Start by getting prequalified. This way you’ll know if it is an option to purchase a home before selling your existing property. Also, this will give you time to weigh your options before pricing your home and putting it on the market. Contact me for a referral to a trusted local lender.
Making a Contingent Offer
All real estate offers have some basic contingencies built-in. For example, the purchase is contingent on the home being delivered to the buyer in the same condition or better than it was in at the time the offer was made. When Realtors refer to a “contingent offer” they usually mean that the offer requires the sale of existing real estate. As a buyer making a contingent offer, you are probably offering to buy your next home only if the sale and closing of your existing home go through. In other words, you will close on your home first to obtain the proceeds for a down payment. Sometimes buyers make a contingent offer out of necessity: the lender requires the sale of existing property before extending a loan offer. In this case the lender’s contingent preapproval necessitates a contingent purchase offer.
Contingent offers are not popular in a seller’s market when inventory is scarce.
Wait Until You Sell to Buy
One alternative to making a contingent offer would be to sell your home, then move into a temporary living situation such as an apartment or parent’s home while you shop and make a non-contingent offer on your next home. This often a financially sound choice but may be difficult to accomplish. Buyers who move twice sometimes need to put their furniture and other belongings into a storage facility or sell some of their belongings in the interim. Also, if you have been independent for some time or are combining families the adjustment of cohabitation can be burdensome.
Buying a Home Outright Before the Existing One Sells
If you make an offer and close on your new house before selling the old one, one of these three scenarios could happen:
- You take out a bridge loan. Some buyers opt for a bridge loan to finance the purchase their next home, which they payoff or refinance after the closing of their existing home. This scenario is more common in a seller’s market when inventory is scarce. If you need funds for a down payment or if your loan-to-value ratio with two mortgages would be too high for the underwriter to approve, talk with your loan officer about a bridge loan. Also, know that bridge loans have a better shot at getting approved when your existing home is listed, properly marketed, and accepting offers.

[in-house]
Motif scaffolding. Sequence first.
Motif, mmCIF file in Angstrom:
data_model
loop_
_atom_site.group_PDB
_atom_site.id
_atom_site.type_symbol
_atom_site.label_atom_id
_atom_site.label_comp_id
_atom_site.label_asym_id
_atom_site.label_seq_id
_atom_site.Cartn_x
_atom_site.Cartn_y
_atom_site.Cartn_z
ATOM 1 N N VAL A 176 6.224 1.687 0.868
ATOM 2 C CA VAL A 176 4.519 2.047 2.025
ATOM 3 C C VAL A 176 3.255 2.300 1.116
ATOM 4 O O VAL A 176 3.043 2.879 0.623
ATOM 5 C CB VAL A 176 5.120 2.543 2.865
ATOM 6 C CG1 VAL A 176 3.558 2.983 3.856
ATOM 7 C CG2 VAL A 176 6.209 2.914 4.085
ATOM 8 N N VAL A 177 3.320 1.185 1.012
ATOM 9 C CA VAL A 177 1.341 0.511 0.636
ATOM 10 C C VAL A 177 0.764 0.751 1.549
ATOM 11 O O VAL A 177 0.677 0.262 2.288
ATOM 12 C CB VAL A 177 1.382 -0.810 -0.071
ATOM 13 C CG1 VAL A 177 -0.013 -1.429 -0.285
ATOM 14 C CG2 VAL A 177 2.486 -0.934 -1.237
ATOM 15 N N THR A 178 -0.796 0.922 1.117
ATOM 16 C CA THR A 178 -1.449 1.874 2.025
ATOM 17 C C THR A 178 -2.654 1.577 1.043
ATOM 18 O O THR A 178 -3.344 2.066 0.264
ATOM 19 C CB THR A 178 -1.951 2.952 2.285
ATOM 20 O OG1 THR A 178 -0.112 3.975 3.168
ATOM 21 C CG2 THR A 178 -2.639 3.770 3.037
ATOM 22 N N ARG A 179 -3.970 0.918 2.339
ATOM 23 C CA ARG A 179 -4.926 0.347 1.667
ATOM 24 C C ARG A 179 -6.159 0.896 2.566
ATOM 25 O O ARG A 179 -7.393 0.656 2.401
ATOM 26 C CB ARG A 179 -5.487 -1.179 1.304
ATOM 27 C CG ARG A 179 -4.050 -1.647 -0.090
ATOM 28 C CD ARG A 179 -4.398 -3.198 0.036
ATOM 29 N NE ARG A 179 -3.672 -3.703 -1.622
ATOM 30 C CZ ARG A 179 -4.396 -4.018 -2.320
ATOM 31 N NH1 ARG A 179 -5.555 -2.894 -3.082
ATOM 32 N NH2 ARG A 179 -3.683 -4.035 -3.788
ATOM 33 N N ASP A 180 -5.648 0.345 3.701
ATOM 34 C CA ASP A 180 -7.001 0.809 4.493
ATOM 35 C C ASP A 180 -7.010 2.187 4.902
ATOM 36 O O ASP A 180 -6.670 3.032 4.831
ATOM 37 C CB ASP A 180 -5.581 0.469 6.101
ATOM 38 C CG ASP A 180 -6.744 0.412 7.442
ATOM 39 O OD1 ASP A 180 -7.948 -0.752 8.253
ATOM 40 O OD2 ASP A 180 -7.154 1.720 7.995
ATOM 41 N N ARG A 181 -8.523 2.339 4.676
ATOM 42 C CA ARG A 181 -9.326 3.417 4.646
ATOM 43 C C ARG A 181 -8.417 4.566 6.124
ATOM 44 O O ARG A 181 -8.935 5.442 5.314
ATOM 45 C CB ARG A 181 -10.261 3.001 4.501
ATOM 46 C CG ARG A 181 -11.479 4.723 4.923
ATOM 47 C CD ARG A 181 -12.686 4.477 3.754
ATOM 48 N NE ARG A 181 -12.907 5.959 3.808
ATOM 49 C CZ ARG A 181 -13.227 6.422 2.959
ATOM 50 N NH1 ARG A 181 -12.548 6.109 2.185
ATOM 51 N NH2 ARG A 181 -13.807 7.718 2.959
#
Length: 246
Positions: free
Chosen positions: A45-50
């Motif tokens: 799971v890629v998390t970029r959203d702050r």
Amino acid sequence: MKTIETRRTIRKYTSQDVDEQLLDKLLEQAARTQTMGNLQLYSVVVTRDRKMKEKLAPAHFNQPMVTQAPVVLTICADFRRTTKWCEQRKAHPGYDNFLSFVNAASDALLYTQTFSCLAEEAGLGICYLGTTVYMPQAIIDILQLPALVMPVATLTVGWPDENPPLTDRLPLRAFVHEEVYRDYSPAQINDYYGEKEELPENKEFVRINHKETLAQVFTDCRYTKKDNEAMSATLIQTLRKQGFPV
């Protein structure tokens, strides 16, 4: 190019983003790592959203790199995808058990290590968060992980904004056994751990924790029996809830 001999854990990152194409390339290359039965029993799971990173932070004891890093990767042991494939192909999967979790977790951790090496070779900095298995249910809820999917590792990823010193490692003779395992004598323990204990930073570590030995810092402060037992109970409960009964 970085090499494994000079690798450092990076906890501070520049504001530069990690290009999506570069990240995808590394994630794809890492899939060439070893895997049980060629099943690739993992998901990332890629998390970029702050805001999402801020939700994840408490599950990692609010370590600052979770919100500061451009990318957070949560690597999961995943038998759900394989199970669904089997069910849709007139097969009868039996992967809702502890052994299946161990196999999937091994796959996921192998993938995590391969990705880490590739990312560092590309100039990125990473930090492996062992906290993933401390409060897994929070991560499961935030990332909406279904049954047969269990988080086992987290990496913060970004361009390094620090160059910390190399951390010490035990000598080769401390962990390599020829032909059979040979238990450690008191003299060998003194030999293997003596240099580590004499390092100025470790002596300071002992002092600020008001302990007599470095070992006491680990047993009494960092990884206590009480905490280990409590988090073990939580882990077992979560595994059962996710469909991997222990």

- Own two primary residences for a brief period: You may be stuck with two mortgage payments for a few months. Some homeowners choose that risk so you they make a non-contingent offer in a competitive real estate market. Non-contingent offers (as discussed above) give buyers more room to negotiate other terms and may even result in the seller agreeing to a slightly lower purchase price. Also, in a high-demand real estate market where properties move fast, contingent offers are not attractive to sellers.
- If you own your existing home outright, good for you! You could wait until your existing home sells to buy if you want to avoid a new mortgage or wait for down payment funds. This is not always necessary. You might still consider a bridge loan for the down payment on your new house with the intent of paying-off or adjusting your new mortgage when your old home sells. Also, when mortgage rates are low it might make financial sense to finance at least some of your next home to retain control over your capital, regardless of whether you need a mortgage to buy your next house.
If you do plan to own title to two properties simultaneously, consult with a tax professional regarding how you can legally hold title and claim tax exemptions for your properties. Depending on the length of time that you incur dual ownership, you may need to adjust the way you file taxes and report your real estate. Check Tax Laws in Your Area